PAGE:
Temporary dams stemming the escape of water from the breached Grand Western Canal near Tiverton have been successful after engineers worked overnight to regain control.
Approximately two miles of the canal drained through a breach in its embankment late yesterday afternoon following the heavy rain fall (see video).
The breach at Halberton near Tiverton is where the canal's embankment rises nearly 60 feet from surrounding fields.
Water overtopping the canal is thought to have eroded the embankment as it cascaded down, weakening its sides to an extent that the breach occurred. Stop boards and secondary dams of heavy ballast and clay, positioned either side of breached canal wall have been successful in preventing further drainage.
Water is now lying in a field on the North side of the canal, where there is no risk of flood to properties. The area around the breach is cordoned off to the public and the County Council is advising people to keep away for the moment while the embankment is unstable.
Engineers are monitoring the water levels in the lagoon and in the rest of the canal, as further rain is forecast this afternoon and into the night.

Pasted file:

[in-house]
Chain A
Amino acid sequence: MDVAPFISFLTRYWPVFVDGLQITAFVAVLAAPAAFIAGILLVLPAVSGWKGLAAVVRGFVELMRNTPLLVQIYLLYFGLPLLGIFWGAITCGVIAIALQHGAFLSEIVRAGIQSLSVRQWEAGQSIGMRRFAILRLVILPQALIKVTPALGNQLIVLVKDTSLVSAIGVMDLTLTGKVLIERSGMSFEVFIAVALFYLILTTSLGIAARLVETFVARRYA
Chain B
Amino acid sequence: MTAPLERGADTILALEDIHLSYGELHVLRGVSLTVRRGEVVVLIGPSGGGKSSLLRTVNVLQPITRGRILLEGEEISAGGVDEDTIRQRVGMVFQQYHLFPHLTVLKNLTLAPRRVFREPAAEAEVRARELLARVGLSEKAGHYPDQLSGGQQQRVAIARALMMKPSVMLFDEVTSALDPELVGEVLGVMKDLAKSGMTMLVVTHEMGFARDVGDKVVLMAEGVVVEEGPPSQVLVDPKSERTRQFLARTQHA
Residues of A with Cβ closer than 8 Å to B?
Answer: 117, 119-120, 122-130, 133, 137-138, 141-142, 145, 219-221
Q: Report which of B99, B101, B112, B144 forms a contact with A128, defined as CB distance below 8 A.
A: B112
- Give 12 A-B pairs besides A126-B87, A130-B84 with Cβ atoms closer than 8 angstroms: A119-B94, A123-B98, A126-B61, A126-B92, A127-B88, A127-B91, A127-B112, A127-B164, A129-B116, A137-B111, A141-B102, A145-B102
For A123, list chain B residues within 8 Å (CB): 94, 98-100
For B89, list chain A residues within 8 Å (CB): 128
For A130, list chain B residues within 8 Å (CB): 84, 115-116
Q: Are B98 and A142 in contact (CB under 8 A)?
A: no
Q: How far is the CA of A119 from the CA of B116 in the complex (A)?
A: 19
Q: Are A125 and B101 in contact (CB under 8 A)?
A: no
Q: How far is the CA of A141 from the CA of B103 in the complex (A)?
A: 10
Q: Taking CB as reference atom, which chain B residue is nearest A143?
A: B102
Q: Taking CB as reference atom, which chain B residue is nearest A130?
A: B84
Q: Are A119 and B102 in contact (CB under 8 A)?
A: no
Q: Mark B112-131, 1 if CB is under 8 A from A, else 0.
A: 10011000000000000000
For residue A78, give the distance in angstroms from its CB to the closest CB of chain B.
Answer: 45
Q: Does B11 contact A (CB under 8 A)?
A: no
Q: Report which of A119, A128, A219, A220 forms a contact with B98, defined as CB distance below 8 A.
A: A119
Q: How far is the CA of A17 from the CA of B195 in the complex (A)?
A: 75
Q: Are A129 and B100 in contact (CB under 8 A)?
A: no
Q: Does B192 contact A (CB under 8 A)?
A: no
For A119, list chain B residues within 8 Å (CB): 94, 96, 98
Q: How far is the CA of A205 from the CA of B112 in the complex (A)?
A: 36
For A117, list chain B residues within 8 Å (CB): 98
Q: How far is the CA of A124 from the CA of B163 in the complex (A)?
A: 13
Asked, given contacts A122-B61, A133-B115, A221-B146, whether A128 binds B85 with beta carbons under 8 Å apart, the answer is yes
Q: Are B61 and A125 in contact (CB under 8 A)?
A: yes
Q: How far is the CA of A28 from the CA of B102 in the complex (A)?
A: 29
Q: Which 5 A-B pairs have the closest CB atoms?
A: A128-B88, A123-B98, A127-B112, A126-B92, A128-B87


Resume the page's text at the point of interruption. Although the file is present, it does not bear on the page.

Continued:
Teams today are ensuring that the two dams remain tight, and deciding the best course of action to deal with the water lying in the field; whether to pump it out or allow it to drain naturally.
Councillor Roger Croad, the County Council's Cabinet Member responsibible for the canal says: "Quick thinking and actions by our Rangers yesterday morning to start damming the canal either side of the immediate problem area did lessen the impact.
"But clearly with the amount of water flowing into the canal and the erosion of the embankment at that point, the breach could not have been avoided. "Thanks to all the teams and volunteers that helped through the night to secure the site. Work is continuing today and we are prepared for further rainfall."